This particular case involves a patient whose condition can be diagnosed on the basis of an MRI scan performed in a natural weight-bearing position. This would not be feasible with conventional supine MRI.
The 34 year-old patient presented here complained post-operatively of weight-bearing and posture-dependent pain, increasing throughout the day and radiating to both legs, as well as numbness in the soles of the feet and paraesthesia mainly to the right, mostly on bending forwards. No symptoms were experienced in the supine position. Several operations were performed in the L5/S1 region, the most recent procedure being hemilaminectomy 5 months ago. No symptom-free interval guaranteed following surgery.
A supine MRI scan performed 4 months earlier did not confirm the diagnosis. Upright MRI confirmed functional stenosis. Upright MRI was carried out in a natural weight-bearing position, in the upright neutral seated position, with seated flexion and standing extension, and in the neutral supine position with no weight bearing. The findings were compared with external supine scans taken four months earlier.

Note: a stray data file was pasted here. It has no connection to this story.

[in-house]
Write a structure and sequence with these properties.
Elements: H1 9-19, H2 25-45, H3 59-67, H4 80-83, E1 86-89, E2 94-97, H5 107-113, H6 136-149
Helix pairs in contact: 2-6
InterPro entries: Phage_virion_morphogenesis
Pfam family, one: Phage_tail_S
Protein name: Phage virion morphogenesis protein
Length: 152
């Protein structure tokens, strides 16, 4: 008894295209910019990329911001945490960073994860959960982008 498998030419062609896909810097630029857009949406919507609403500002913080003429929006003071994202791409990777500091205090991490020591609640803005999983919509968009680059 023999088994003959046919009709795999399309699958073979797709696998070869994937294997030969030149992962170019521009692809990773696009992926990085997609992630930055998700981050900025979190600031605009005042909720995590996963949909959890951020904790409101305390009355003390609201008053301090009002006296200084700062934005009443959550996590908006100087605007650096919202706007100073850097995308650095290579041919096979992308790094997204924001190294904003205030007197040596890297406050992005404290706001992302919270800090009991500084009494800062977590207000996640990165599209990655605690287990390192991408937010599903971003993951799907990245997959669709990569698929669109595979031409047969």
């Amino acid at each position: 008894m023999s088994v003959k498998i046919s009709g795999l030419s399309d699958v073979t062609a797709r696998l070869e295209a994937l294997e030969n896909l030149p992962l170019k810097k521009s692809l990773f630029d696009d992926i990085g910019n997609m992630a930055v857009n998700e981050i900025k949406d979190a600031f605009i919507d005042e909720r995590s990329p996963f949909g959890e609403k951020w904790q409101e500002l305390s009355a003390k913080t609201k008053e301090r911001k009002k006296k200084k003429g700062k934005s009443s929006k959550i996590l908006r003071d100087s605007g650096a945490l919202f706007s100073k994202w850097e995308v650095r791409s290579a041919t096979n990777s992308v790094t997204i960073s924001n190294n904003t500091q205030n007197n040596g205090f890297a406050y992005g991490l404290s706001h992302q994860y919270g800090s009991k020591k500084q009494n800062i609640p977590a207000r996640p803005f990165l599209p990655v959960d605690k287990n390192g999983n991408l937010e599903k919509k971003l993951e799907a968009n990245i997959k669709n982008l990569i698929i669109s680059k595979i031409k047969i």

The examination performed four months earlier and presented for comparison as well as the supine scan performed on the same day using the Upright MRI system did not provide any obvious explanation for the persistent symptoms experienced by the patient since surgery.
Only the kinetic-positional Upright MRI scan provided a full explanation of the cause of the symptoms:
In segment L5/S1 in anteflexion, evidence of anterolisthesis from L5 to S1 of 7 mm, regressing to 5 mm in the standing extension position , evaluated as clearly unstable anterolisthesis accompanied by angular instability.
Overall, broad-based disc protrusion in contact with nerve roots L5 and padding of the dural sac at the S1 outflow on both sides. Mild to moderate spinal canal stenosis. Moderate neural foraminal stenosis to the right and severe neural foraminal stenosis to the left with recurring functional increase on anteflexion.
Whereas both spinal and neural foraminal narrowing is apparent in the supine images, there is no evidence in the supine and standing images of unstable ventrolisthesis from L5 to S1. The latter was fully apparent only in the anteflexion position with a shift of 7mm.
The functional images of Upright MRI confirm diagnoses, which would remain unclear with a conventional supine MRI scan.